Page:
Gallery Style; Buy an “Over the Rail” hook and run a string or filament to the hanging hardware on the back of the picture or frame (This is the safest)
Living Room Style for your Cubicle
Plastic Fabric Hooks: These were designed to hang things on cubicle walls.They seem sturdy, are cute and colorful, and will support a weight of up to 2 pounds. The hook is too wide to fit into a serrated metal piece in the back for hanging. The picture has to have a wire looped in the back for hanging. I would suggest hanging two of them spaced 2″ apart to spread the load.
Scotch Velcro Hanging System: If your artwork and frame weigh less than 2 1/4 pounds, you might try this :
“Scotch® – Permanent Heavy Duty Mounting Squares for Fabric Walls, 7/10 x 17/25, ” They are squares with a strong adhesive on one side and a textured surface on the other. They are designed for fabric walls. Put one on each corner and in the middle of the top of the frame and it should stick. They are both removable, re-positional and re-stick-able.
Velcro Hook Only Chevrons: These little chevrons were designed for decorating fabric walls. They are easy to apply to any hard surface item with the adhesive backs. The Velcro is very fine and adheres nicely to your fabric wall.
They are one use only – the adhesive cannot be removed and reapplied. The adhesive is strong – and if you try to remove it from a paper item – it damages it.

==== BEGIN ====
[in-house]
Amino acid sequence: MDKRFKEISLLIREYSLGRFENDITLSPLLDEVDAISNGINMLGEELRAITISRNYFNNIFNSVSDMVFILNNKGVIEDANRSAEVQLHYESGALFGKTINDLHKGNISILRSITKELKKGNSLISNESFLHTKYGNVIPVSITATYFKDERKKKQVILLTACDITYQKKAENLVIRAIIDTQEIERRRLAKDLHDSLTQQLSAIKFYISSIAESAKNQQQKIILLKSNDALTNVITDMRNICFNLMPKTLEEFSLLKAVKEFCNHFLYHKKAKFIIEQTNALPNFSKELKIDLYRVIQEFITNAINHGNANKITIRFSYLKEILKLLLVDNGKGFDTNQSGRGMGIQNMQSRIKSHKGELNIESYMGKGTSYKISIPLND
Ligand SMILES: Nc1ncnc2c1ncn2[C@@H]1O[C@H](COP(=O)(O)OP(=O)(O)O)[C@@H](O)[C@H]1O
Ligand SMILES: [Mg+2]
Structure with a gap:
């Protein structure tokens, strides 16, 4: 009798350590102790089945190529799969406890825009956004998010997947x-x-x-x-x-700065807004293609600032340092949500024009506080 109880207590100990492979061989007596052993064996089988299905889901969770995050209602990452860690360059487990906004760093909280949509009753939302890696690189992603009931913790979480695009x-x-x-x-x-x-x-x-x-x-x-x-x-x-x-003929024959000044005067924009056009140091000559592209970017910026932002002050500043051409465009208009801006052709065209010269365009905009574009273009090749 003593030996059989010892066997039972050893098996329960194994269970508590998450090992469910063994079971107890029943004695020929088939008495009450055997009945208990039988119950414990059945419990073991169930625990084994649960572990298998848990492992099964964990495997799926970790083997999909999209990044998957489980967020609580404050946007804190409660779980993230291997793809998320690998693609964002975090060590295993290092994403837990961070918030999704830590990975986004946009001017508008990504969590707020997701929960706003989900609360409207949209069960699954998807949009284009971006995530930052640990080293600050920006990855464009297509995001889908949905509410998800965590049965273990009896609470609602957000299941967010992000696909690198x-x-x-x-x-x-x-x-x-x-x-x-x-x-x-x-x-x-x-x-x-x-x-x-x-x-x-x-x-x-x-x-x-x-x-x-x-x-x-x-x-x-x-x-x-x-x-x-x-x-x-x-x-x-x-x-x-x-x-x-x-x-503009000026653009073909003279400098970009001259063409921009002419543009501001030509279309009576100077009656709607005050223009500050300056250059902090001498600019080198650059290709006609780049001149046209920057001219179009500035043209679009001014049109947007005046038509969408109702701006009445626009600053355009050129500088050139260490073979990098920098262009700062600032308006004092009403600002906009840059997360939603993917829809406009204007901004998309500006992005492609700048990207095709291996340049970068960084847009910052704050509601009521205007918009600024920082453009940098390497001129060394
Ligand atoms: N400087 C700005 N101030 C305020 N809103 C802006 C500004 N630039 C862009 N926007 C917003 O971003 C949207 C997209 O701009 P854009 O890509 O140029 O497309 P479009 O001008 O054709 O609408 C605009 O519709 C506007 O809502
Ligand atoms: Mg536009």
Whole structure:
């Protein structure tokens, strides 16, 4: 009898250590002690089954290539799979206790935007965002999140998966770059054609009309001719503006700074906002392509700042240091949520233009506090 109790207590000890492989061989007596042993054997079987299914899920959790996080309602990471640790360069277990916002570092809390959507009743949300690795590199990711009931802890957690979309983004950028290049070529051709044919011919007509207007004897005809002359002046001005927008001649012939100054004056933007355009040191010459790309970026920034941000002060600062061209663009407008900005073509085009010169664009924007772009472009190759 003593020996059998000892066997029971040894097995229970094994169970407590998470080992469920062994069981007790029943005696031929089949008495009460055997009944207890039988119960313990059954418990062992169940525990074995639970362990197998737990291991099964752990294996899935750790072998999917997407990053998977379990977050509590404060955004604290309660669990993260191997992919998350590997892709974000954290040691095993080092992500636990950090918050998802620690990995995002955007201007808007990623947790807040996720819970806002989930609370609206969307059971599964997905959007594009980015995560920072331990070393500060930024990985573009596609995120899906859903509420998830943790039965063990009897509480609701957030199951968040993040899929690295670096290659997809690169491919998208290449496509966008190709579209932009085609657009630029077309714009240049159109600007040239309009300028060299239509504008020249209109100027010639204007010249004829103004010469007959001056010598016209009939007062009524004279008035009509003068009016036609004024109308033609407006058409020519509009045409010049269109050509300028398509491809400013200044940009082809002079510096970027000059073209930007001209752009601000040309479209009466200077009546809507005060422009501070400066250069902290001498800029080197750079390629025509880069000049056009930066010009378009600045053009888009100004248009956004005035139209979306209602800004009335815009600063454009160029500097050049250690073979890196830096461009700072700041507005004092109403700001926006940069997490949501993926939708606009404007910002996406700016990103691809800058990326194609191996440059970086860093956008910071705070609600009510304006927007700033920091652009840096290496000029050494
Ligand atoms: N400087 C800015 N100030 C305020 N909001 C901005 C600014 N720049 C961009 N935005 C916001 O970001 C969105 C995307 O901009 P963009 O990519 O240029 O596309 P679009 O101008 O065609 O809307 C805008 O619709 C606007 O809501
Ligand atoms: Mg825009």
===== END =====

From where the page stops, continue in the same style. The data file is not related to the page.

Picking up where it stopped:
Again, use these along the frame perimeter. Try one on each of the four sides and one in the middle of the run. Top it off with one in the center.
Adjustments: If you have a hard time keeping the picture straight try these Velcro chevrons. They are also good for hanging calendars (Do not use the main wall for this)
Over the Rail
Use a coat hanging hook to hang large framed pictures. You can buy special coat hooks for the top of cubicle walls, or you can use one sold in the hardware store for hanging towels on the back of your bathroom door. Attach an extra long string between the eyes on the sides of the picture frame, then hook it over the coat hook on the top of the cubicle wall. If the picture frame only has one hanging point, use one long string between that point and the hook on top of the cube partition.
Over the Rail Hooks
The only surefire way to hang heavy artwork on your wall is by utilizing an over the wall hook. The hook will always be seen but you can camouflage it by painting it the same color as the wall. It must be adjustable to fit all thicknesses of cubicle walls. It should not have a large hook as in a coat hook as it only needs to be attached to a filament or string (you can use cord the same color as the wall or try yarn.)
Officemate Universal Partition Hanger Set, Adjusted to fit panels with 1 1/4 inch to 3 1/2 inch thickness, Metal Black (21460)
In the case of a large art-piece or decoration use two hangers and attach to either side.